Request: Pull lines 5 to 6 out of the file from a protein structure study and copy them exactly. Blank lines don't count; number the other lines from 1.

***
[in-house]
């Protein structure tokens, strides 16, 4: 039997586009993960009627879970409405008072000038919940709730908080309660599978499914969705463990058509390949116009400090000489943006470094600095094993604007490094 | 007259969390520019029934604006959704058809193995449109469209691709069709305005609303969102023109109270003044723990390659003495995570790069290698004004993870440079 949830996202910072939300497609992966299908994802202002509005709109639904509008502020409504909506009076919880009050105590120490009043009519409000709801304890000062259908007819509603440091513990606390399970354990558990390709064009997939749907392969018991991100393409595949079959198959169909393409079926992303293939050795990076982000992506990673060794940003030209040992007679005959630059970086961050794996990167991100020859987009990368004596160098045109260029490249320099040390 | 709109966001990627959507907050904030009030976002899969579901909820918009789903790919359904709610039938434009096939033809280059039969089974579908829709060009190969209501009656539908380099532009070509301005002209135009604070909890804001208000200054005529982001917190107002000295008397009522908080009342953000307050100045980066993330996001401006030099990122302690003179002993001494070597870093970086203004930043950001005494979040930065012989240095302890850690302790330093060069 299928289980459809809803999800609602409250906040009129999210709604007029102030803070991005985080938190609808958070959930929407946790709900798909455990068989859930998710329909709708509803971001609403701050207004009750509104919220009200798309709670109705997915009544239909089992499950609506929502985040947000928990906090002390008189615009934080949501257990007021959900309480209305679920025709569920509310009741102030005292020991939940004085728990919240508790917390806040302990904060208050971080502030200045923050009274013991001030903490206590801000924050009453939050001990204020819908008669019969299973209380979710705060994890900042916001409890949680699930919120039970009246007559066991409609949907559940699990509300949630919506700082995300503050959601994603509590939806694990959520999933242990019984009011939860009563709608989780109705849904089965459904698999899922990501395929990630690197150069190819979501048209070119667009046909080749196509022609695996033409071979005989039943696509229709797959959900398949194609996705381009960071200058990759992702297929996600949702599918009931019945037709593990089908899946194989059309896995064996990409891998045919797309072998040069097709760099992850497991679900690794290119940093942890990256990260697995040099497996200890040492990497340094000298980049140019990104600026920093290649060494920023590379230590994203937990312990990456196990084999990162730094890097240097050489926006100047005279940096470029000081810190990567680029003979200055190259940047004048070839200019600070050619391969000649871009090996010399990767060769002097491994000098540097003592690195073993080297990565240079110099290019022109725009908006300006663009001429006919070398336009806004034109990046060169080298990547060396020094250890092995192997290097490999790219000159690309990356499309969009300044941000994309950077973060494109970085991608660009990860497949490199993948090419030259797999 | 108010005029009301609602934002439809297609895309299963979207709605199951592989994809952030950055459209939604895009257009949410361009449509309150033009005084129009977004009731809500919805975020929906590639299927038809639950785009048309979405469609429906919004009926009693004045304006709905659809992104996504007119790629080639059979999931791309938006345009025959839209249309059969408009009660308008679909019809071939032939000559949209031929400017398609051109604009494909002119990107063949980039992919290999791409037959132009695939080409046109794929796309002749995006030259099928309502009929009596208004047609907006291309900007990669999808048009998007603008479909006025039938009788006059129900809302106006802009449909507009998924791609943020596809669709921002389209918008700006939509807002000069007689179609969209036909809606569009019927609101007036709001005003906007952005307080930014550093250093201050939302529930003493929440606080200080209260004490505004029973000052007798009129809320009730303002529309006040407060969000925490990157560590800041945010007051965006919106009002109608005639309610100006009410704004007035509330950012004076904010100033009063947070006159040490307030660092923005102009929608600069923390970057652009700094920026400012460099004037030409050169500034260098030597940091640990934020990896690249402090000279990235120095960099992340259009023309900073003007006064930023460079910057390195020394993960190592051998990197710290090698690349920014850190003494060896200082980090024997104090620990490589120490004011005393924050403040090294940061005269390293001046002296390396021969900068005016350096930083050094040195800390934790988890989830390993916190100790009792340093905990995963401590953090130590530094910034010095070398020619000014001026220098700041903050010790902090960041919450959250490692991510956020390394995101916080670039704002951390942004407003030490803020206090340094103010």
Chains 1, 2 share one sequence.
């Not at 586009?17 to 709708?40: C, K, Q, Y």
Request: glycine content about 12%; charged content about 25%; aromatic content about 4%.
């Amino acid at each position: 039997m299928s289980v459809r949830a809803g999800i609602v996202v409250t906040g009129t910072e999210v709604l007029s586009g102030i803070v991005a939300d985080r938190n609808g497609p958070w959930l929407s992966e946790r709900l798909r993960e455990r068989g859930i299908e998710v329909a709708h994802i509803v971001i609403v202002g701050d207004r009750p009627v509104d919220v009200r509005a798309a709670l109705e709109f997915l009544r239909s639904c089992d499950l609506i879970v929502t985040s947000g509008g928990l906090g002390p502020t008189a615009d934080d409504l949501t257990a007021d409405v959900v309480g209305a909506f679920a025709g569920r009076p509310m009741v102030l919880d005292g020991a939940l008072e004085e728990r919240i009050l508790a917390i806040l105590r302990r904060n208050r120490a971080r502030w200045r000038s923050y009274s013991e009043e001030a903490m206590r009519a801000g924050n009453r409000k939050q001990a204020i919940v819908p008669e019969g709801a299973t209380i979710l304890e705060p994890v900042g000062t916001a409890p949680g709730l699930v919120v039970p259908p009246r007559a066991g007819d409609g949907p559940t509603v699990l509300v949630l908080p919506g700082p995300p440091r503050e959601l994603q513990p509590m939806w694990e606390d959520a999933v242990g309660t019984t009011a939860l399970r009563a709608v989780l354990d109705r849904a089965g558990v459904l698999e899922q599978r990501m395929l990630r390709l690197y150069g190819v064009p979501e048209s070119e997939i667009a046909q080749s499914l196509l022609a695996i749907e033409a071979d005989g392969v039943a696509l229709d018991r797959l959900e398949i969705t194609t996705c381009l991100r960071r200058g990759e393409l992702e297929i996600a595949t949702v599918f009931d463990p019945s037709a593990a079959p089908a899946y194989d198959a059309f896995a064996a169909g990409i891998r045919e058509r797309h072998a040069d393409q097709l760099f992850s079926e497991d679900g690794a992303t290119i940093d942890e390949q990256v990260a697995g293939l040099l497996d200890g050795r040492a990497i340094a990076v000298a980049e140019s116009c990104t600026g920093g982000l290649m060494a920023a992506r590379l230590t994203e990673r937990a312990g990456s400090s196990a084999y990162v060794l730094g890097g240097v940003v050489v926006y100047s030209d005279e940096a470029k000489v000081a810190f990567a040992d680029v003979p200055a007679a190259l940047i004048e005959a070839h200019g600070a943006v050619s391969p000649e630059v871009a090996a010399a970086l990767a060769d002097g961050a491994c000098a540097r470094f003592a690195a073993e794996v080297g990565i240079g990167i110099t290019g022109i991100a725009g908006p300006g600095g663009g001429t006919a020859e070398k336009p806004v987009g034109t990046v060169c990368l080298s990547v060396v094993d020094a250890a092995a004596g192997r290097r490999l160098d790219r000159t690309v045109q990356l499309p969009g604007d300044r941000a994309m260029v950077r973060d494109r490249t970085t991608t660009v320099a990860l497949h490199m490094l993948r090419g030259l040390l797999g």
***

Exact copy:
Request: glycine content about 12%; charged content about 25%; aromatic content about 4%.
């Amino acid at each position: 039997m299928s289980v459809r949830a809803g999800i609602v996202v409250t906040g009129t910072e999210v709604l007029s586009g102030i803070v991005a939300d985080r938190n609808g497609p958070w959930l929407s992966e946790r709900l798909r993960e455990r068989g859930i299908e998710v329909a709708h994802i509803v971001i609403v202002g701050d207004r009750p009627v509104d919220v009200r509005a798309a709670l109705e709109f997915l009544r239909s639904c089992d499950l609506i879970v929502t985040s947000g509008g928990l906090g002390p502020t008189a615009d934080d409504l949501t257990a007021d409405v959900v309480g209305a909506f679920a025709g569920r009076p509310m009741v102030l919880d005292g020991a939940l008072e004085e728990r919240i009050l508790a917390i806040l105590r302990r904060n208050r120490a971080r502030w200045r000038s923050y009274s013991e009043e001030a903490m206590r009519a801000g924050n009453r409000k939050q001990a204020i919940v819908p008669e019969g709801a299973t209380i979710l304890e705060p994890v900042g000062t916001a409890p949680g709730l699930v919120v039970p259908p009246r007559a066991g007819d409609g949907p559940t509603v699990l509300v949630l908080p919506g700082p995300p440091r503050e959601l994603q513990p509590m939806w694990e606390d959520a999933v242990g309660t019984t009011a939860l399970r009563a709608v989780l354990d109705r849904a089965g558990v459904l698999e899922q599978r990501m395929l990630r390709l690197y150069g190819v064009p979501e048209s070119e997939i667009a046909q080749s499914l196509l022609a695996i749907e033409a071979d005989g392969v039943a696509l229709d018991r797959l959900e398949i969705t194609t996705c381009l991100r960071r200058g990759e393409l992702e297929i996600a595949t949702v599918f009931d463990p019945s037709a593990a079959p089908a899946y194989d198959a059309f896995a064996a169909g990409i891998r045919e058509r797309h072998a040069d393409q097709l760099f992850s079926e497991d679900g690794a992303t290119i940093d942890e390949q990256v990260a697995g293939l040099l497996d200890g050795r040492a990497i340094a990076v000298a980049e140019s116009c990104t600026g920093g982000l290649m060494a920023a992506r590379l230590t994203e990673r937990a312990g990456s400090s196990a084999y990162v060794l730094g890097g240097v940003v050489v926006y100047s030209d005279e940096a470029k000489v000081a810190f990567a040992d680029v003979p200055a007679a190259l940047i004048e005959a070839h200019g600070a943006v050619s391969p000649e630059v871009a090996a010399a970086l990767a060769d002097g961050a491994c000098a540097r470094f003592a690195a073993e794996v080297g990565i240079g990167i110099t290019g022109i991100a725009g908006p300006g600095g663009g001429t006919a020859e070398k336009p806004v987009g034109t990046v060169c990368l080298s990547v060396v094993d020094a250890a092995a004596g192997r290097r490999l160098d790219r000159t690309v045109q990356l499309p969009g604007d300044r941000a994309m260029v950077r973060d494109r490249t970085t991608t660009v320099a990860l497949h490199m490094l993948r090419g030259l040390l797999g």